Post Traumatic Stress Disorder among Veterans


PostTraumatic Stress Disorder among Veterans

PostTraumatic Stress Disorder among Veterans

Theimportance of mental health cannot be gainsaid as far as thewellbeing of an individual in both the long-term and the short-termis concerned. Unfortunately, there has been an increase in the ratesof mental ailments in the contemporary human society. This hasnecessitated that a large number of studies be carried out toinvestigate the varied aspects of these ailments including causes,predisposing factors, signs and symptoms, diagnosis and prevention.Even more important is the capacity of these studies is coming upwith an effective treatment for these ailments. However, it hasalways been recognized that a large number of mental ailments arepredisposed by undesirable or traumatic episodes in an individual’slife. It is, therefore, not surprising that a large number of studieshave examined the prevalence of mental disorders, particularlypost-traumatic stress disorder among war veterans or evencurrently-serving soldiers. This is the case for Milliken et al(2007) article “longitudinalassessment of mental health problems among active and reservecomponent soldiers returning from the Iraq war”and McNally &amp Frueh (2013) article “Why are Iraq andAfghanistan War veterans seeking PTSD disability compensation atunprecedented rates?”.

Thearticle by Milliken et al was based on the gross underestimation ofthe mental health burden among soldiers returning from the Iraq warat the initial screening. Indeed, it is noted that the Department ofDefense established a population-wide screening at two points rightafter the soldiers deployed into Iraq returned, all in an effort topromote the early identification of problems pertaining to mentalhealth among the combat veterans. The main aim of this article was tomeasure or gauge the mental health requirements of soldiers comingback from Iraq, as well as the relationship of screening with theutilization of mental healthcare.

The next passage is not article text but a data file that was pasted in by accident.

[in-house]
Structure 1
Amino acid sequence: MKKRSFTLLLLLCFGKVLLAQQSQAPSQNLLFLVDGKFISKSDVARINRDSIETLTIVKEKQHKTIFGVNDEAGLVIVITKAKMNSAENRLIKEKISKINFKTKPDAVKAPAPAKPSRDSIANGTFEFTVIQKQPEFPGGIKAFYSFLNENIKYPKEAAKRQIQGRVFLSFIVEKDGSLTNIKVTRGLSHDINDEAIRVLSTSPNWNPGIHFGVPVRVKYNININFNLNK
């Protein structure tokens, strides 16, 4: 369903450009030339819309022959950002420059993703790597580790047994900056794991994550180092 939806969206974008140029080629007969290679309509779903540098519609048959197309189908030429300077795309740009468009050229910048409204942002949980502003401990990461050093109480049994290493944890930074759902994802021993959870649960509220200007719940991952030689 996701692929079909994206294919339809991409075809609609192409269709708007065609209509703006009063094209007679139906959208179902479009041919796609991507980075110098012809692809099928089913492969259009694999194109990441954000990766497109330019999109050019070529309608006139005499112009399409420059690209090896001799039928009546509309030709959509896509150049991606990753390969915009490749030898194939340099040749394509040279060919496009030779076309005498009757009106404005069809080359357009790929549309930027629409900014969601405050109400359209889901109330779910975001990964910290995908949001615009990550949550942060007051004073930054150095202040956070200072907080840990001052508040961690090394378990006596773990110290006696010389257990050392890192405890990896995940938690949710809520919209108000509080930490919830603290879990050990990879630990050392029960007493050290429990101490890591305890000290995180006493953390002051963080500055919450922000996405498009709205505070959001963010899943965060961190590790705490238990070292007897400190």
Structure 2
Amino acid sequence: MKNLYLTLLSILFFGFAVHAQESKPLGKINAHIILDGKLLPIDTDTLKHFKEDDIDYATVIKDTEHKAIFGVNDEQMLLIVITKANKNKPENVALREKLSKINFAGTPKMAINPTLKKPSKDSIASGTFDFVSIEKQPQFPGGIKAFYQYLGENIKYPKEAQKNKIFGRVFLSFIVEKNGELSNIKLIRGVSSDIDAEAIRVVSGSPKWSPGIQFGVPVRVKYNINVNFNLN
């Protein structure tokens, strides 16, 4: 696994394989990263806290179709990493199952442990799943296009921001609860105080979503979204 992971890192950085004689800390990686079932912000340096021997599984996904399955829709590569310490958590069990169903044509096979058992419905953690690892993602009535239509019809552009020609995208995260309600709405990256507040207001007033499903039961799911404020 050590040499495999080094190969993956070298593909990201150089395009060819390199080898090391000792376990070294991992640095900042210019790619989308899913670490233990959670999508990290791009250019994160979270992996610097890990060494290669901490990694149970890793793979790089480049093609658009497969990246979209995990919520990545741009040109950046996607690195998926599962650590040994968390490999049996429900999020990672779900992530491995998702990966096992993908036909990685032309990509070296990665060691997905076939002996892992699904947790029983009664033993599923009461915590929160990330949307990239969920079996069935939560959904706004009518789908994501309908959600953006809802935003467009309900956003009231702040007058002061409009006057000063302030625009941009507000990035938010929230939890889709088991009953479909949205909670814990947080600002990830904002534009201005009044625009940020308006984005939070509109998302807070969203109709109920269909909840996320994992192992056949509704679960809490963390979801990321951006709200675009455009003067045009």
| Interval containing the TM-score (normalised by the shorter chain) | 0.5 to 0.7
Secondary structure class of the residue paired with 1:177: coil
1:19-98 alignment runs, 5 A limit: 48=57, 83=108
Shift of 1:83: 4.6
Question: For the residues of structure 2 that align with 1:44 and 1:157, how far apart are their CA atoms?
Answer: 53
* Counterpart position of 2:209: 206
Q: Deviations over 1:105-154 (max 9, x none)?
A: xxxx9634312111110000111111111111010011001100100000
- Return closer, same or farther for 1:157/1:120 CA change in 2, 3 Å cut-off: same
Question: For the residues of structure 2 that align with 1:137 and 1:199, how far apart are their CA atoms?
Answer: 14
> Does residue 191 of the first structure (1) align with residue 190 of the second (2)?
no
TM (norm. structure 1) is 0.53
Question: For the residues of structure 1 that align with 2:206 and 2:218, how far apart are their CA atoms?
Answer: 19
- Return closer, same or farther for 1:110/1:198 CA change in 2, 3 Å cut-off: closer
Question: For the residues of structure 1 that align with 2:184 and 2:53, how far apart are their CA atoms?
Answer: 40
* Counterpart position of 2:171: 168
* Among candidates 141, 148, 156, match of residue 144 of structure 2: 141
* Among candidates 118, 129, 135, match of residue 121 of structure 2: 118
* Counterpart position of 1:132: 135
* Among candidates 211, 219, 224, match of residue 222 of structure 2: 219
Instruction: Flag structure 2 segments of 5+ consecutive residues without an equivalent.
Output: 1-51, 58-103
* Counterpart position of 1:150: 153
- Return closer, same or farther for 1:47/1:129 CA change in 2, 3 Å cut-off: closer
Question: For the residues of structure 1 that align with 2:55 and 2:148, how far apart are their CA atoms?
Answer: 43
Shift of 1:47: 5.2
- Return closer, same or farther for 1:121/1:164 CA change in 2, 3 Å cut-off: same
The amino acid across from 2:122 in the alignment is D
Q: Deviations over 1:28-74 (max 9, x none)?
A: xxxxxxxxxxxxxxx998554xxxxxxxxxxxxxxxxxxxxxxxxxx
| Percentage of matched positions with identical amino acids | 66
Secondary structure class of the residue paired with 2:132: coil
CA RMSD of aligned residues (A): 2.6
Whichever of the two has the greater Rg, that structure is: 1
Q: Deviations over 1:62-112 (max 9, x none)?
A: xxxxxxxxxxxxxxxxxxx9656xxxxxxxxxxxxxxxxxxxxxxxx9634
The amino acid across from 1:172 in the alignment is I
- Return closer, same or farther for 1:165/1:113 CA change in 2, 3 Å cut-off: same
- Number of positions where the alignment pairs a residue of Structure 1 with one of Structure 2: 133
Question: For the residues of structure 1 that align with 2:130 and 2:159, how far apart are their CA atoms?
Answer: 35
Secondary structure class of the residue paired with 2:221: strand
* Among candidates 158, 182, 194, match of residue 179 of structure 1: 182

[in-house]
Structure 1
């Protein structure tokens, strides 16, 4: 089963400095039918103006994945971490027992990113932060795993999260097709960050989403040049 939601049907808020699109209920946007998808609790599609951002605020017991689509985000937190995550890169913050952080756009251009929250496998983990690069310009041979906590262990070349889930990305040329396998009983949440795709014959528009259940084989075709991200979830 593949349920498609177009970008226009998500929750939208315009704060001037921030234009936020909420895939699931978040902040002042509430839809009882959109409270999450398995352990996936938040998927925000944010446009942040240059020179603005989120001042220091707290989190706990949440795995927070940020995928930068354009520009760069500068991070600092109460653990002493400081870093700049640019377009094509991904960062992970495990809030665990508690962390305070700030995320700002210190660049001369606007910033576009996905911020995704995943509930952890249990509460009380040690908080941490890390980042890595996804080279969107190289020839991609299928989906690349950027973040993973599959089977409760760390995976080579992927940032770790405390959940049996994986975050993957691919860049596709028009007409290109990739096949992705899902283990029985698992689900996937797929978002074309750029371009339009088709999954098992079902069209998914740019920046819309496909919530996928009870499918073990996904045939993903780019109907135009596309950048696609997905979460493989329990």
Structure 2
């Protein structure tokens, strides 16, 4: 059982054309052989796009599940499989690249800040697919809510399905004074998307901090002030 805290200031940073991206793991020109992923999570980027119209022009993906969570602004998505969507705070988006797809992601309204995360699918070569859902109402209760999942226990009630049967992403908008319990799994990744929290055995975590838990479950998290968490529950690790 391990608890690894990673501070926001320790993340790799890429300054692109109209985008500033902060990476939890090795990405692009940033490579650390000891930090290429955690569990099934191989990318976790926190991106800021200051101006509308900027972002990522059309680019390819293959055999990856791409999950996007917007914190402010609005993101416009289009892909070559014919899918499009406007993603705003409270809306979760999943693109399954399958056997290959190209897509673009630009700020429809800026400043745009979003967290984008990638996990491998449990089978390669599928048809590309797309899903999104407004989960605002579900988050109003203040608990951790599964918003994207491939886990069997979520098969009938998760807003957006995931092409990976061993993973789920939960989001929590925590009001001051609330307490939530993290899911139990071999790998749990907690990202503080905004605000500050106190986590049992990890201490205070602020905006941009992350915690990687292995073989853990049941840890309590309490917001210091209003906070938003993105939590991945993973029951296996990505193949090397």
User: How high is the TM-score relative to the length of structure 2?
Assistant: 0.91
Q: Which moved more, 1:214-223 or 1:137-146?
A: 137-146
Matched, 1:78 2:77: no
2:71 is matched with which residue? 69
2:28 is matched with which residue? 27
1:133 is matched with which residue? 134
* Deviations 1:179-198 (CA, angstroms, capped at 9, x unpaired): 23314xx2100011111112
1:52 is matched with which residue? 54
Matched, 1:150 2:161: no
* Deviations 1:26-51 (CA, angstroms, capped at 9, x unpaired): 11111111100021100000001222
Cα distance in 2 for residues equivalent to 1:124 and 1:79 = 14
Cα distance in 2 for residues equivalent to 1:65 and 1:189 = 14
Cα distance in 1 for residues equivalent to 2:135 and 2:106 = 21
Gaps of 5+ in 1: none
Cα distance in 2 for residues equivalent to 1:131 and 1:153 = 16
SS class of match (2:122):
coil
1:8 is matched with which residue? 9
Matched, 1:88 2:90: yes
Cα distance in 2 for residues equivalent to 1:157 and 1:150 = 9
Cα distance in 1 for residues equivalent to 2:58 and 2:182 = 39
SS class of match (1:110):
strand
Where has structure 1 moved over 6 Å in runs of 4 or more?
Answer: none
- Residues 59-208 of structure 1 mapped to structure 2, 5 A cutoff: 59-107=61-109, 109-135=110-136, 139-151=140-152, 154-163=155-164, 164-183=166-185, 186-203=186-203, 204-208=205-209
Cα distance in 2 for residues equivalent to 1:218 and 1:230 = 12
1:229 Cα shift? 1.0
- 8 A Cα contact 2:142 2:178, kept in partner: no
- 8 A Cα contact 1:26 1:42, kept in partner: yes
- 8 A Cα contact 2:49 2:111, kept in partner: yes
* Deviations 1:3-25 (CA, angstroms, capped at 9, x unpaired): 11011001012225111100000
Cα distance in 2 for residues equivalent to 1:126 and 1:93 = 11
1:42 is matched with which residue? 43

Thiswas a longitudinal, population-based, descriptive study pertaining toUnited States sldiers coming back from Iraq. The soldiers completedtwo tests including Post-deployment Health Assessment (PDHA), as wellas Post-Deployment Health Reassessment, with the last test beingtaken about 6 months from the first one. The research detailed in thepaper was quantitative in nature with the main outcome measures beingreferral and utilization of mental health services, screeningpositive for mental health problems such as alcohol abuse, majordepression and posttraumatic stress disorder.

Thestudy showed that the solders exhibited more mental health concernsand would be referred at considerably higher rates in the case ofPDHRA compared to the PDHA. Indeed, the combined screenings showedthat 42.4% and 20.3% of reserve and active component soldiers neededtreatment for mental health. It is noteworthy that soldiers regularlyreported alcohol abuse concerns with extremely few being provided orreferred for alcohol treatment. As much as the a majority of thesoldiers obtained care within 30 days after screening, a large numberof them were not referred. Nevertheless, the study showed no directassociation between treatment or referral and symptom improvement.This paper underlined the fact that rescreening soldiers a number ofmonths after they return from the battlefield would result in theidentification of a large number of ailments and disorders that theinitial screening may have missed. Indeed, it is noted that thereserve component soldiers who had reverted back to their civilianstatus had higher rates of PDHRA.